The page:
President Barack Obama speaks during the first presidential debate in Denver on Oct. 3, 2012.
Credits: REUTERS/Jim Bourg
Now we know why Barack Obama uses a teleprompter everywhere, even taking it once to a photo-op in an elementary school.
Now we know why he hasn’t had a press conference in months, preferring to go on entertainment shows like The View (he told his fawning interviewers he is “eye candy”) and David Letterman’s show (first question: How much do you weigh?).
We know because of the shock of last week’s presidential debate with Mitt Romney. The 60 million Americans who watched that debate had been told a hundred times that Obama was the smartest president since Jefferson, the greatest orator since Churchill. And they had been told that Mitt Romney was a heartless gazillionaire.
What they saw was the opposite, for 90 excruciating minutes. When Obama didn’t have a cue card or a teleprompter, when he couldn’t simply skip questions he didn’t like, or talk out the clock, he was a disaster.
The 90 minutes was summed up in a plaintive appeal, a whine, really, from Obama, mid-debate, to the moderator, Jim Lehrer.
“You may want to move on to the next topic,” he pleaded. But this was one time the media could not save him.
The topic Obama wanted to move on from was the economy. It hasn’t been a strength of his presidency. Forty-seven million Americans are on food stamps, unemployment has been around 8% for more than three years (much higher, when you include unemployed workers who have simply giving up looking for jobs). Banks continue to fail, debt has reached
$16 trillion, including more than $1 trillion held by China. Obama might have wanted to move on to the next topic, but Americans were riveted.
It wasn’t just his lack of command of the facts, or of a plan to deal with it. It was the revelation — through his tone, his body language, his stammering — that he actually didn’t even care too much about it. It didn’t interest him. “I think there’s a laziness in me,” Obama once told Barbara Walters.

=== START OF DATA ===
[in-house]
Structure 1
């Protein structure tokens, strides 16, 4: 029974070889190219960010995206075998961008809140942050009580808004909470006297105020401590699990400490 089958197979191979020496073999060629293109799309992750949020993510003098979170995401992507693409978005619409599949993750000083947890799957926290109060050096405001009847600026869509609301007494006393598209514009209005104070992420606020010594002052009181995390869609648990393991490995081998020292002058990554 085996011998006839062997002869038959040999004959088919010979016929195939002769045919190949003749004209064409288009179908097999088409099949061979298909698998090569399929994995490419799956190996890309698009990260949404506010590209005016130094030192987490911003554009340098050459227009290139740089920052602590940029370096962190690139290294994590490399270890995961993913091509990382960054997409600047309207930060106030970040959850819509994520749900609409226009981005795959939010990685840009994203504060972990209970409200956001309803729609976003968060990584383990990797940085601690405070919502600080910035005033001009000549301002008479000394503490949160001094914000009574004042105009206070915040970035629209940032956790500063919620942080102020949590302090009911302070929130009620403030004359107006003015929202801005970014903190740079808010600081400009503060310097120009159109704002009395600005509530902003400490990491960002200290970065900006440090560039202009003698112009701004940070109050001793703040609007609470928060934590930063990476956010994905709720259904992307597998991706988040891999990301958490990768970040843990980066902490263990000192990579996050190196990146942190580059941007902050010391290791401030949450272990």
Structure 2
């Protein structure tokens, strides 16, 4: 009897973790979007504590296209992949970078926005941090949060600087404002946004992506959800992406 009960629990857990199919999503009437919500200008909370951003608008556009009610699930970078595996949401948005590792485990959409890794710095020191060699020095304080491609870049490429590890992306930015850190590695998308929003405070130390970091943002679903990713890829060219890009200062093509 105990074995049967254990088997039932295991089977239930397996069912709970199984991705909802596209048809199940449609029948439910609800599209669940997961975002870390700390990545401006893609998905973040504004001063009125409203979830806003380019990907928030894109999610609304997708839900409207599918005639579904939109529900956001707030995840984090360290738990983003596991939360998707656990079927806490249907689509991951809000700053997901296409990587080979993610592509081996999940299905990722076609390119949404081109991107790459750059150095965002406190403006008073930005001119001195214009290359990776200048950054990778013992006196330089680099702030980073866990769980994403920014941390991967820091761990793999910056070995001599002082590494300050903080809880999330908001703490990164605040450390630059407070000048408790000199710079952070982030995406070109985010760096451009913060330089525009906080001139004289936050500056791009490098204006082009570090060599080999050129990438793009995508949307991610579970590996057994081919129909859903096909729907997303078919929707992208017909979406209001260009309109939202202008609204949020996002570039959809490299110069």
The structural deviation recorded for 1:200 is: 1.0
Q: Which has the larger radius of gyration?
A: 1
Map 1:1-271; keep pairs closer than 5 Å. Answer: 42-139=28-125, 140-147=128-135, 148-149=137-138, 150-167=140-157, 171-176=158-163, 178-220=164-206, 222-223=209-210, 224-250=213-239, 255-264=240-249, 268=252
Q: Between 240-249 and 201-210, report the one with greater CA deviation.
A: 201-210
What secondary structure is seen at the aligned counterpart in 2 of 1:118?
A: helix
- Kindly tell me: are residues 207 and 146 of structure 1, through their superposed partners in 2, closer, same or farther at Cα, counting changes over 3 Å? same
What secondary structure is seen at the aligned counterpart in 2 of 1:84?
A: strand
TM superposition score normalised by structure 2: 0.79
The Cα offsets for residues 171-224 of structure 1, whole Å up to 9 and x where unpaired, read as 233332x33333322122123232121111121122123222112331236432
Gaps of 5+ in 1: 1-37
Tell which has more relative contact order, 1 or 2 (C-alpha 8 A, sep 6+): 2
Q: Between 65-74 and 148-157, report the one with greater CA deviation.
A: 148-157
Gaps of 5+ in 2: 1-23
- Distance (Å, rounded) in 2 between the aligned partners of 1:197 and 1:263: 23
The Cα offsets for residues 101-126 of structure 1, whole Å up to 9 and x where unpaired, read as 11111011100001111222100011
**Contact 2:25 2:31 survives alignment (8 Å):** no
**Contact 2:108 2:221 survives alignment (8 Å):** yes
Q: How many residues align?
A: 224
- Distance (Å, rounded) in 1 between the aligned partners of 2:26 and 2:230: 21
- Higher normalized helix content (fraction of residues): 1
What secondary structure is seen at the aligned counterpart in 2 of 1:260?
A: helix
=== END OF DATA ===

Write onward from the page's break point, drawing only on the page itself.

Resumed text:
That’s not true actually. Obama isn’t lazy. He’s just lazy about presidential duties. He’s an avid golfer, having done so 104 times since taking office. He has set a record for fundraising dinners. And as a fawning biography last month in The New York Times — headlined “The Competitor in Chief” shows — he spends hours training for amateur sports. According to the Times, he’s diligent at playing pool, cooking chili, playing cards, bowling, basketball and even doodling.
The Times wrote this as praise — that Obama wants to be the best at so many things. But for anyone not in Obama’s thrall, it was a terrifying look at how unfocused Obama is on the serious work of being president.
It’s simply too boring for him. He’s never been an executive before — never run a business, a town, anything really, other than running his mouth. But being president is hard.
It’s not just economics that Obama ignores. Foreign policy is a disaster, too. But Obama has skipped more than 50% of his daily national security briefings. Including the morning after the U.S. consulate in Benghazi was ransacked and the U.S. ambassador there was murdered. Perhaps he had been staying up too late the night before — the afternoon of the attack, instead of heading to the White House situation room, he flew to Las Vegas for a fundraiser.The debates revealed Obama as a lightweight. But they also revealed that for four years, the mainstream media has covered up that fact.